If any of you remember the sitcom Cheers, then you'll remember Cliff Clavin, the resident know-it-all who would go on and on about trivial facts. Well, Mind Masters #1 reads as if it came from the pen of Cliff Clavin. It's nothing but pages and pages of one character telling another all sorts of trivial facts about psychic phenomenon or research or what-have-you. And to make it even worse, after every chunk of exposition Rossmann will write something like, "Maria is very interested in what Britt is saying." As if telling us, Look, reader -- my characters are interested in this, so you should be too...

Here's my theory: I think John Rossmann wrote a nonfiction piece on ESP and psychic warfare, and either he couldn't sell it or he decided to "spice it up" and turn it into fiction. But all he did was take his chunks of information and place quotation marks around them. Voila -- instant dialog, instant fiction. Only it's not that simple.

Rossmann writes in third-person, present tense, an unusual style for a men's adventure novel, but a style I've always enjoyed. My favorite novel of all time, Gravity's Rainbow by Thomas Pynchon, is written in the same style. But Rossmann is no Pynchon. He has little grasp on the style; rather than capitalizing on the rush, the "you-are-here-now" thrill of present tense, he instead achieves a sort of "see Spot run" simplicity with his passive verbs (Britt IS running...Britt IS thinking...etc). And the opening hundred pages are a nightmare of needlessly-complex prose, flashing in and out of Britt's backstory. It's not complex because it's so deep, it's complex because Rossmann is unable to handle the backstory while retaining the present-tense style.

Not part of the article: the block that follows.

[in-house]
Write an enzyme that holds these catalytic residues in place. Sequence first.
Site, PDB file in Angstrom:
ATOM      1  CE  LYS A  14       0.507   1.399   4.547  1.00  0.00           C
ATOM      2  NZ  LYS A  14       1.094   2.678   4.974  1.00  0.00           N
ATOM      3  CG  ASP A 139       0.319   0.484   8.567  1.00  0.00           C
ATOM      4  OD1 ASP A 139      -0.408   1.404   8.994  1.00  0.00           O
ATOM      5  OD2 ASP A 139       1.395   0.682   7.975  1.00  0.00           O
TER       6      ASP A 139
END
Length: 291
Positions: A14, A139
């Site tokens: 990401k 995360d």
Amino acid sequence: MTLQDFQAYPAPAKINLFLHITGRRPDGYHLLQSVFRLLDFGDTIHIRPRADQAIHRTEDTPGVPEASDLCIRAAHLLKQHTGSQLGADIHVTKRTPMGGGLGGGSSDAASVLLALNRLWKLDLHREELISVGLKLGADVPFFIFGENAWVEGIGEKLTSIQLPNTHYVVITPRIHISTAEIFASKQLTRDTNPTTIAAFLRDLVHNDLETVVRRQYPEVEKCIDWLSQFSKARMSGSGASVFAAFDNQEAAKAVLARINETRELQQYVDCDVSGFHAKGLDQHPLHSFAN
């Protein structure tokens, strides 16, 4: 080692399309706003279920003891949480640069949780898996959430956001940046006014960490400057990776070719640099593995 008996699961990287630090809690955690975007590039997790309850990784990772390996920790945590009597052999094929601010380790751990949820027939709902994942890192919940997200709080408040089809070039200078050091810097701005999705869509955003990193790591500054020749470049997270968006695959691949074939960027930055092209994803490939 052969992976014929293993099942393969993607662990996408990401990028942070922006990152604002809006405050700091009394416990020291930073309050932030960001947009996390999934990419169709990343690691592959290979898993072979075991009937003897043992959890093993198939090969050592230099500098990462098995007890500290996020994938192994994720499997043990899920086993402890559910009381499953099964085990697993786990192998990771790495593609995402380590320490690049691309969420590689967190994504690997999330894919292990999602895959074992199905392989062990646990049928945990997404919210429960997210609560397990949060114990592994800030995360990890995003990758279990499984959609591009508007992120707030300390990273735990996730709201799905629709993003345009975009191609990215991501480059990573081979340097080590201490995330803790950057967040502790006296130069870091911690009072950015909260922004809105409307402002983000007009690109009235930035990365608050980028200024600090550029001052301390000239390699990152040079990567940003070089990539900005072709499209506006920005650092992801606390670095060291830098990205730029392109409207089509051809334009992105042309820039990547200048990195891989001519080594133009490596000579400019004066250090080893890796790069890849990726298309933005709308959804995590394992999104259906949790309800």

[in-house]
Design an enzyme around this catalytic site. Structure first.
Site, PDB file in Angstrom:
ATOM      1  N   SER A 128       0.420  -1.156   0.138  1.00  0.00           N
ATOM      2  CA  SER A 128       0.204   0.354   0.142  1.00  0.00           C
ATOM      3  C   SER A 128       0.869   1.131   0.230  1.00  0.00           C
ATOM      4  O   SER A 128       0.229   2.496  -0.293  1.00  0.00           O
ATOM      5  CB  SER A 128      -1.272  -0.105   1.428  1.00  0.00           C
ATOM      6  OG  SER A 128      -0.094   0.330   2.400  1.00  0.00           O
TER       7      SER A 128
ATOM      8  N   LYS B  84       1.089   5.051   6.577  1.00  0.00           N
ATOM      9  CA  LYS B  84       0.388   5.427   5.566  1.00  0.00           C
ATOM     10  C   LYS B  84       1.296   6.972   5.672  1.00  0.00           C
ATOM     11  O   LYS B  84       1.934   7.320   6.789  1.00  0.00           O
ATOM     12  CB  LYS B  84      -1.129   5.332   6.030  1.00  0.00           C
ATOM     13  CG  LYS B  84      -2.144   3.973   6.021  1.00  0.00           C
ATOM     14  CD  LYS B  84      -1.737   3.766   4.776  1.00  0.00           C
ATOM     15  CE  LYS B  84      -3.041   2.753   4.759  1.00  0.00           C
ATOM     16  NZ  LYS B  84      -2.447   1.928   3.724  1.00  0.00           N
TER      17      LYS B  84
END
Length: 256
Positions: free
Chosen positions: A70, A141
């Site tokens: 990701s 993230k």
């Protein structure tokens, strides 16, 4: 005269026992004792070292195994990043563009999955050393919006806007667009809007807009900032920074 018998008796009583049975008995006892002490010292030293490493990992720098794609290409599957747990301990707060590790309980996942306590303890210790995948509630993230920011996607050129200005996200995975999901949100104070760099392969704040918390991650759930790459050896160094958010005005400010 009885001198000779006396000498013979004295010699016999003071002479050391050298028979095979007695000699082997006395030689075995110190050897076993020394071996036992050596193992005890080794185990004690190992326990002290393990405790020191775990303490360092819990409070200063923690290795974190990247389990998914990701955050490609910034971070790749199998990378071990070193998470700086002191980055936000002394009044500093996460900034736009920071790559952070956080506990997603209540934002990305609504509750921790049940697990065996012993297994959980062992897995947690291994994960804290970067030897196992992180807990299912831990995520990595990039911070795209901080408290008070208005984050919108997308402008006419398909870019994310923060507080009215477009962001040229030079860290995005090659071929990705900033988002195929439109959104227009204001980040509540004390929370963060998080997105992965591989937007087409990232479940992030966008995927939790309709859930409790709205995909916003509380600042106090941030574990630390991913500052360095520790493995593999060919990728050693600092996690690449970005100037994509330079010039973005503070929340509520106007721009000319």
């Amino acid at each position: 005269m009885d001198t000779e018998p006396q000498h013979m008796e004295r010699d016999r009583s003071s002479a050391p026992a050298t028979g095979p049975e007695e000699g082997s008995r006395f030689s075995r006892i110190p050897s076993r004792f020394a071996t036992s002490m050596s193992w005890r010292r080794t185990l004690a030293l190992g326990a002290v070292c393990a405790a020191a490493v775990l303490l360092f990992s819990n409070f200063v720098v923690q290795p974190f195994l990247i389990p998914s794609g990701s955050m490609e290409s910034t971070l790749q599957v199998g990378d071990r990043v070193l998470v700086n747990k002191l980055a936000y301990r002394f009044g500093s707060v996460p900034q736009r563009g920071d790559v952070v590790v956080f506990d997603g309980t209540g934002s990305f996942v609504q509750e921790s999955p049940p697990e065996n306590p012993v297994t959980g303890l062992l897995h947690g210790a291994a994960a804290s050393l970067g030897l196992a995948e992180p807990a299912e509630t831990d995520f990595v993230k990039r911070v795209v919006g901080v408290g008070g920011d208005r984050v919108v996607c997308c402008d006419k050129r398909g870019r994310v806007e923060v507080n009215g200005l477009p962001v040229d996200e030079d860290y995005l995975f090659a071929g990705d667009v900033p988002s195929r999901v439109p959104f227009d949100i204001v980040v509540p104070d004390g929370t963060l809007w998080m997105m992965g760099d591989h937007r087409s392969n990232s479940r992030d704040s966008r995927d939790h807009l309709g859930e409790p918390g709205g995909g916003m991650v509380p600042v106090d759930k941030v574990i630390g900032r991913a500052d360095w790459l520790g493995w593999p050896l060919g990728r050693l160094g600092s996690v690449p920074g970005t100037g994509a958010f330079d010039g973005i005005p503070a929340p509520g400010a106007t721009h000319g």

I can only hope that the next volumes improve. I have no idea who John Rossmann is/was, but later volumes are published under the name "Ian Ross," even though the style doesn't appear to change. So was Rossmann the psuedonym and Ross the real name? Or vice versa?


Curt Purcell said...

Here's a little context for why I might have overlooked/forgiven some of the faults you mention. Probably, I was just fixating on the groovy ideas and ignoring as much else as I could. I do plan to reread this series (along with others I've enjoyed) some time in the next year or two, so we'll see how it holds up.

Joe Kenney said...

Curt, thanks for the comment. You and I are definitely of the same mind...the "groovy factor" is one of the main things I look for in trash fiction from the sweet spot of 1968-1973. I'll definitely read the rest of the Mind Masters series...if only it could be like the Baroness series: well-written, entertaining, and positively groovy!

Scisne said...

Hmmm...when Publishers Weekly reviewed Mind Masters #1 in 1974 it hailed the book as "good adventure...a nifty, thought-provoking genre novel" whose "real thrills its remarkably realistic use of real people and events." And The Los Angeles Times Book Review did something it had never done before or since for any book: It gave the Mind Masters #1 two glowing reviews in successive Sunday editions on August 4 and 11, 1974, with then-Book Review Editor Digby Diehl proclaiming that the protagonist was "a psychic James Bond" and the book was "the beginning of a new series that I suspect we will hear more about from television and motion pictures," which might have happened had not the author encountered health problems. All the books in the Mind Masters series are just what the reviewers promised: A good read.